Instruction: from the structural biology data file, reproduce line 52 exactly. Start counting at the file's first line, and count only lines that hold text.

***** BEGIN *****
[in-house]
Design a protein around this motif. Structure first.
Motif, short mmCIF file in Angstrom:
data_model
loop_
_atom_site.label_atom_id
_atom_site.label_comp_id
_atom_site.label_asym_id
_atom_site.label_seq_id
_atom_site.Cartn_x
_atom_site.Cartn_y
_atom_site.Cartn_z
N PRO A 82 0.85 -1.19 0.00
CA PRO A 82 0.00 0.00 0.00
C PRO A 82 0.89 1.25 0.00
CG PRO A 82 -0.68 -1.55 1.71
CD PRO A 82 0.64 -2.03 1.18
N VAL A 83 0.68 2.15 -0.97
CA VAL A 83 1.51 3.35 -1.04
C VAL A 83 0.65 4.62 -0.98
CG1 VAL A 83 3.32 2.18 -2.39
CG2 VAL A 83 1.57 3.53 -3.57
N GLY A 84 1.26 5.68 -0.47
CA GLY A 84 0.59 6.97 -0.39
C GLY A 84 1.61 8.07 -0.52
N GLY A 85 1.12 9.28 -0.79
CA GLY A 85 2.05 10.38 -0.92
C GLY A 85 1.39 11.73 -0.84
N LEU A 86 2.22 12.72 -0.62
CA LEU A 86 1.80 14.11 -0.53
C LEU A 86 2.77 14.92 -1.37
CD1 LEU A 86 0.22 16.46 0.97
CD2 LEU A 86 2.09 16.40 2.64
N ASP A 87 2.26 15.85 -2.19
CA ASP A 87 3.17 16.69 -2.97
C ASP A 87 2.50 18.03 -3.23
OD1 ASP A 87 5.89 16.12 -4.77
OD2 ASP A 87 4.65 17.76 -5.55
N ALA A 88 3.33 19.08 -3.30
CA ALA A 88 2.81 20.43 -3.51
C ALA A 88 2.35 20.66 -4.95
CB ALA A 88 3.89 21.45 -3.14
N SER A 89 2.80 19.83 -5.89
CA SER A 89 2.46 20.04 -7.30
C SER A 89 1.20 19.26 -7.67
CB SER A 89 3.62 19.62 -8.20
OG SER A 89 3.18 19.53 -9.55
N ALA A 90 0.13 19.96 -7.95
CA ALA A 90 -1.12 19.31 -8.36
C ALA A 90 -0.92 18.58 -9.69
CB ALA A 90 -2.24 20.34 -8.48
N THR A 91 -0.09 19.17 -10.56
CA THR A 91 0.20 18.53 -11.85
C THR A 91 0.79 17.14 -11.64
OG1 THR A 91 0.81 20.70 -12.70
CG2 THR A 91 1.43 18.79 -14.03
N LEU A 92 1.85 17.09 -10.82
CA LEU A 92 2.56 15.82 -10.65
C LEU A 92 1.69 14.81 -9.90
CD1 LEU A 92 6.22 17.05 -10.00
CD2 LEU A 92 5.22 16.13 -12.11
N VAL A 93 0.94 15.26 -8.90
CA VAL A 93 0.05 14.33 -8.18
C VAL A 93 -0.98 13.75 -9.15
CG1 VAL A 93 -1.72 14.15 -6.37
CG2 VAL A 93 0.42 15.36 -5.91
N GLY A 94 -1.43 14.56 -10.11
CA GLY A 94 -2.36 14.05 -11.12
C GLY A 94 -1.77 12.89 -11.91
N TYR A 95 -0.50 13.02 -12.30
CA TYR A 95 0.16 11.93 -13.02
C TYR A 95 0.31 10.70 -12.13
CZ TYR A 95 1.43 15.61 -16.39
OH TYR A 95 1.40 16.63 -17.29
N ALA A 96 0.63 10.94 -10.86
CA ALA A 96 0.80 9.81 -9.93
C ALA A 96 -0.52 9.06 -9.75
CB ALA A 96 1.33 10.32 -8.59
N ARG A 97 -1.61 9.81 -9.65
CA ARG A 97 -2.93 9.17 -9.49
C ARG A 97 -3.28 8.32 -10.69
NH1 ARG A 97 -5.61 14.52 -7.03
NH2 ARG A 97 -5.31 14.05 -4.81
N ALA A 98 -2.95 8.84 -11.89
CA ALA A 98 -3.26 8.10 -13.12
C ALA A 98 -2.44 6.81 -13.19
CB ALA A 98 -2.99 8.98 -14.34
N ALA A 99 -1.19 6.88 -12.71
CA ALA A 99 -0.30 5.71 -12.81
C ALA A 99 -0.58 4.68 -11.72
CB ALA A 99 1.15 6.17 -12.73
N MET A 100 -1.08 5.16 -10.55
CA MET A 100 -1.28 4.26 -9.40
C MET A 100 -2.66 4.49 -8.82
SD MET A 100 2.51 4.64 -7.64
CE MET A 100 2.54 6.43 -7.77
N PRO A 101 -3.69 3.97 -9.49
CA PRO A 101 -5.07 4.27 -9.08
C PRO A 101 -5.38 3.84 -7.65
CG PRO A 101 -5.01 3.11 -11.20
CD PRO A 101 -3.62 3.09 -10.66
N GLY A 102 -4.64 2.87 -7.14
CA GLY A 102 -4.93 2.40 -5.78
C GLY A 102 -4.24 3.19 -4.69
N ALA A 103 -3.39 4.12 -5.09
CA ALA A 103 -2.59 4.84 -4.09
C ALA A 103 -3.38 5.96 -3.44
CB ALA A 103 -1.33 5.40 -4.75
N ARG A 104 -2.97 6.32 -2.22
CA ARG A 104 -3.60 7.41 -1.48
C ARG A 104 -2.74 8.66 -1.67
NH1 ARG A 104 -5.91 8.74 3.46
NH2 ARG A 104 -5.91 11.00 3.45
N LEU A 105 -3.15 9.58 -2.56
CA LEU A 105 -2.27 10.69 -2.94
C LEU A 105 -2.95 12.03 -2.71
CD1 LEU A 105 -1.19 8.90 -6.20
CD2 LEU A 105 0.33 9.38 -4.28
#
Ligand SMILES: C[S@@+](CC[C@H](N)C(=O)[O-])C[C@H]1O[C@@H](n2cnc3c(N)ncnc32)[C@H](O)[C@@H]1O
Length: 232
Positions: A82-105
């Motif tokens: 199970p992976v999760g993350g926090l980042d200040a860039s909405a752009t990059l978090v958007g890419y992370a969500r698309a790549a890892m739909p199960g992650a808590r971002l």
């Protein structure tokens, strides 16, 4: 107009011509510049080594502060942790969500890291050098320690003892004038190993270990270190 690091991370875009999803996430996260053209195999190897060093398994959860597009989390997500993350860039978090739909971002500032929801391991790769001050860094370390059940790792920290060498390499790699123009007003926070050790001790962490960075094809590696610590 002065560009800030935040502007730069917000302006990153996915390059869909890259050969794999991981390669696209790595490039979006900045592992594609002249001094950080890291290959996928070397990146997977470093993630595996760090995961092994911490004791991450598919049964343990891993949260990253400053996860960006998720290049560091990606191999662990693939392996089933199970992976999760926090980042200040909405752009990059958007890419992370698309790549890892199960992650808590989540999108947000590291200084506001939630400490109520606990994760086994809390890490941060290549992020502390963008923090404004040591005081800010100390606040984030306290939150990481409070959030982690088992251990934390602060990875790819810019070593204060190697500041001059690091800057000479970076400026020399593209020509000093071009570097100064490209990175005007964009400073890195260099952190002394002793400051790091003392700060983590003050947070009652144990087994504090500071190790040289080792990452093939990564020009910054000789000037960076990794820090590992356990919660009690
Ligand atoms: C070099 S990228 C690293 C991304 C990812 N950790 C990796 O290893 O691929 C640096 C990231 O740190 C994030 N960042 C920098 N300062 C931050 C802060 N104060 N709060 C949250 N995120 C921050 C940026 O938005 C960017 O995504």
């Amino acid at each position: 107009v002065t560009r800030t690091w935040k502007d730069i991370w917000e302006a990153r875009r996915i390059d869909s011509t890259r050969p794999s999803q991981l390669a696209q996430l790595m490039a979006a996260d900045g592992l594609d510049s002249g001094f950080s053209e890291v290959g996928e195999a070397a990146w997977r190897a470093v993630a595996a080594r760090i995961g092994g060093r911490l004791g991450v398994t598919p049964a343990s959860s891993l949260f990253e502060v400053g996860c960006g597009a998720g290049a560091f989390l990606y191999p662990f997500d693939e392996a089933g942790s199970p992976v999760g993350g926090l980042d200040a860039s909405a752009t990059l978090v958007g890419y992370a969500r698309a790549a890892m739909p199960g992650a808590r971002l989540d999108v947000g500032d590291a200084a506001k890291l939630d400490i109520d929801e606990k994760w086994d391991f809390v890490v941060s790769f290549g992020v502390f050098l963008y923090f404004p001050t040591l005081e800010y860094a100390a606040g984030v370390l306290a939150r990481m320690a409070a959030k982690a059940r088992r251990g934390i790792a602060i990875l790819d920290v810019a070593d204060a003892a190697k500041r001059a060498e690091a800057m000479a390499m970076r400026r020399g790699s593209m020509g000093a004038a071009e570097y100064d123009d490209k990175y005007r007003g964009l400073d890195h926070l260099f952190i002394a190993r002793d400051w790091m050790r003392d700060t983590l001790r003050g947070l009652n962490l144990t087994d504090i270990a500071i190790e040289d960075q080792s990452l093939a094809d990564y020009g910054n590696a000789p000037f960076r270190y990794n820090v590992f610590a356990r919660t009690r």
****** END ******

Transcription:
N THR A 91 -0.09 19.17 -10.56